Today we are reminded that, for all his power, Elisha was a prophet to a conquered people. Israel may have had a king, but there were other kings in other countries with military forces far more powerful than Israel’s. Aram was one of those countries, and the commander of its army, Naaman, kept a slave girl in his house who’d been taken from her home on one of Aram’s successful raids of Israel.
Can we even imagine how powerless that girl must have felt in her position? Stolen from her family, taken from her land, forced to serve the very people who had invaded her home and destroyed her way of life. Even the story conspires to disempower her, robbing her of something as basic as a name.
By contrast, Naaman, the master of the house in which she serves seems blessed in a variety of ways. He has strength, he has wealth, he has connections to the king of a powerful nation. His victory over Israel is described as divinely ordered, yet this man has leprosy. His flesh is infected and he may well be contagious, which is why those with leprosy were quarantined away from the rest of the community, so that the illness would not spread.
Naaman, a man defined by his power, faces becoming a pariah. So he, like the unnamed slave girl in his house, faces having everything he knows and loves taken from him by a disease over which he has no power.
It not difficult to imagine the enslaved servants in Naaman’s house secretly delighting in their master’s misfortune. Perhaps they saw it as divine justice, humbling the man who had humiliated them. Or, perhaps they were terrified as well, since their well-being now depended upon their master’s well-being, their future on his future. However she felt about it, the young Israelite slave girl knew firsthand what it felt like to stand before your future feeling utterly powerless.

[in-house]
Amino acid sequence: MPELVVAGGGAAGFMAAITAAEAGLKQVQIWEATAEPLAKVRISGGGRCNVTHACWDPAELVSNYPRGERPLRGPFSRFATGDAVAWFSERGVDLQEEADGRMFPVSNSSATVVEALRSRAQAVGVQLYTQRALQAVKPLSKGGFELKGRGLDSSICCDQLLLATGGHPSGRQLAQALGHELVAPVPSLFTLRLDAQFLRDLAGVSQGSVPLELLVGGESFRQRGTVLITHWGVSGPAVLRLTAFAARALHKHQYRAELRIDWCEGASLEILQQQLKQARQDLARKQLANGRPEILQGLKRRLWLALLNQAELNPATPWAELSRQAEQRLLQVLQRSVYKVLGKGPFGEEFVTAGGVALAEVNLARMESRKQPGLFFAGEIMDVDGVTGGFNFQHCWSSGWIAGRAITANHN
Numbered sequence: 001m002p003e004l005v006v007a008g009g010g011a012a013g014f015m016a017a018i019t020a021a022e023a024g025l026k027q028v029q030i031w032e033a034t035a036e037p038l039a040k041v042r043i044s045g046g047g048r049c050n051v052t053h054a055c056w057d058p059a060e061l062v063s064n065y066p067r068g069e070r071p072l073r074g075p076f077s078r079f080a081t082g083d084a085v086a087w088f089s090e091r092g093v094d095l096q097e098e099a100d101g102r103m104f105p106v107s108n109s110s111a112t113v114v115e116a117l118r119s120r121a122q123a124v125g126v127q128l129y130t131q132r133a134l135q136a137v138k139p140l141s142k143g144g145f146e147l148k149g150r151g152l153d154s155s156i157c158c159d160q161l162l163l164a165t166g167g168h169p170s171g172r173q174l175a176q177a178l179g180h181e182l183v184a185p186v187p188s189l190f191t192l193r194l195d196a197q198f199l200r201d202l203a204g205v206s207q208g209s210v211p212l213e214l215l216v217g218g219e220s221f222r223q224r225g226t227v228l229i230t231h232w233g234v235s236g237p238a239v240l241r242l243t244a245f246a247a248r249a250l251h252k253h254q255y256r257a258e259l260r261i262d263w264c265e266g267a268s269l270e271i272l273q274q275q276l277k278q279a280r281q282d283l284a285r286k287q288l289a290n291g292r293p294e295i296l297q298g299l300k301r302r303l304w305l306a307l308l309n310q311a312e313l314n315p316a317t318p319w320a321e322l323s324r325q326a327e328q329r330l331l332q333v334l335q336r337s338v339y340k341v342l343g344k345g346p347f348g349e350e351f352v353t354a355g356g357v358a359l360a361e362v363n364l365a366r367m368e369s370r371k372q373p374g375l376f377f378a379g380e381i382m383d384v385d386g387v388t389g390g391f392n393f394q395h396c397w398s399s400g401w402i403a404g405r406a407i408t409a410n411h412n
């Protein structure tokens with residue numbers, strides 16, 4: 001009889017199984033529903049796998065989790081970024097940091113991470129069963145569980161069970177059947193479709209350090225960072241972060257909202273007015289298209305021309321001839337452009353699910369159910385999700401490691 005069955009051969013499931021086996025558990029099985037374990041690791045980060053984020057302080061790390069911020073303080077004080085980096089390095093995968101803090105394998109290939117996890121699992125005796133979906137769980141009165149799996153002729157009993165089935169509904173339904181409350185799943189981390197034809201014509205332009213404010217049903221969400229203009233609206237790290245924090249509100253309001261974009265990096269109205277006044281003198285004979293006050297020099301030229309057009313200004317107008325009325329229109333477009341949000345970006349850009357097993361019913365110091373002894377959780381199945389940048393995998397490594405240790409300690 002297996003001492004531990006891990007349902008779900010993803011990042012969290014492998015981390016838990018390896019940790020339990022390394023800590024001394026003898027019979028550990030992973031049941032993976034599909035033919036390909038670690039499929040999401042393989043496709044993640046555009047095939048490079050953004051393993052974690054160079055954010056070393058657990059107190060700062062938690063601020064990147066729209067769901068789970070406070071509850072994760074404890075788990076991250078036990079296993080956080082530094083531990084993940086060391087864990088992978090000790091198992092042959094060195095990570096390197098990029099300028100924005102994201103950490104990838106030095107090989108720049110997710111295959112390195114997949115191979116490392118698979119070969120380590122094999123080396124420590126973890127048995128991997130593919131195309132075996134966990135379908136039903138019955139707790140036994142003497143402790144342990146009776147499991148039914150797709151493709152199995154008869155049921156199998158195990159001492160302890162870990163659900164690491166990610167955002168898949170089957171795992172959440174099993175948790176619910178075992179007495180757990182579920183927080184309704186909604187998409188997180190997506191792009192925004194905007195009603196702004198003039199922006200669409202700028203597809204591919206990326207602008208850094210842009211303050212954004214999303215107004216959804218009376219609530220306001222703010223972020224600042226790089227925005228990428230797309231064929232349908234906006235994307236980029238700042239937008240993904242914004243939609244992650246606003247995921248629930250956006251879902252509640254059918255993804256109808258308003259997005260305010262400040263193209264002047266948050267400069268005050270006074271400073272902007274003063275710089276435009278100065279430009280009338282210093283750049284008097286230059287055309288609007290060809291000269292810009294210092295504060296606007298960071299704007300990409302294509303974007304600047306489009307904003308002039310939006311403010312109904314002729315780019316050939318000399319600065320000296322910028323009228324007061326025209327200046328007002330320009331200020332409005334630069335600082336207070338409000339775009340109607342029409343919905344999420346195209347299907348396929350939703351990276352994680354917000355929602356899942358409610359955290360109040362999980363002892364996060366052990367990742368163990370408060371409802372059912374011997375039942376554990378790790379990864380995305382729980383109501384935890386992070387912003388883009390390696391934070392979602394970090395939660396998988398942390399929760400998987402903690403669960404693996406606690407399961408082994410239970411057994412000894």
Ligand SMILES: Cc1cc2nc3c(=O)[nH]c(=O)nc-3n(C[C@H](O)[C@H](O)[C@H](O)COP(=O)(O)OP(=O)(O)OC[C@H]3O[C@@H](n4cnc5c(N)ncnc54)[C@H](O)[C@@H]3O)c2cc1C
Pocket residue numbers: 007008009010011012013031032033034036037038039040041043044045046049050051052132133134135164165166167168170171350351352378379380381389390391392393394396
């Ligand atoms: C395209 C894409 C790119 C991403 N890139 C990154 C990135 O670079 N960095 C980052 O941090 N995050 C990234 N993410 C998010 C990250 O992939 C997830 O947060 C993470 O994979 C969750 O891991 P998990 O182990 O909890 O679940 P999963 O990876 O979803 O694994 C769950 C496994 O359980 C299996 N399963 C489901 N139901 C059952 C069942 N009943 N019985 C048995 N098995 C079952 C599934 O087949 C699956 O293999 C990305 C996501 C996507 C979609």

She in her slavery and Naaman in his illness had learned the same lesson: that despite all illusions our lives are not entirely in our own hands, and that we will all be forced to rely upon one another in this life.
So the slave girl uses what is, perhaps, her last remaining power — her faith — to assist the very person who has robbed her of the rest. She gives her testimony to Naaman’s wife, her knowledge that there is a prophet in Israel through whom God had acted to heal the sick, to feed the hungry, and to raise the dead.
In this act, this nameless servant of the Lord exemplifies the counsel Paul gives in his letter to the Galatians, where he writes:
“So then, whenever we have an opportunity, let us work for the good of all, and especially for those of the family of faith … for neither circumcision nor uncircumcision is anything; but a new creation is everything!” (Gal. 6:10,15)
Circumcision, you may remember, is the sign of the covenant between God and Abraham. So, the point Paul is making to the Galatians is that we are called to work for the good of all our neighbors, local and global, those who share our faith and those who do not. Like Naaman’s slave, whose own vulnerability gave her compassion for the vulnerability of even her master.
But we are not quick to give up on our power. When Naaman hears that there is the possibility of a cure for his weakness in Israel, he gets permission from his own king to go to Israel, where he shows up with a royal letter of reference and deep coffers — ten talents of silver, six thousand shekels of gold, and ten sets of garments. When he arrives at Elisha’s door he seems determined to hide his weakness behind his connections and his wealth, as he pulls up on his horse and chariot.
Now it is Naaman who is in a foreign land, among foreigners, even the very people who he’d previously conquered and defeated, and he has to ask one of their prophets for the cure to his illness. Even now, at his weakest, Naaman tries to cover up his vulnerability with the things he’d come to believe made him powerful.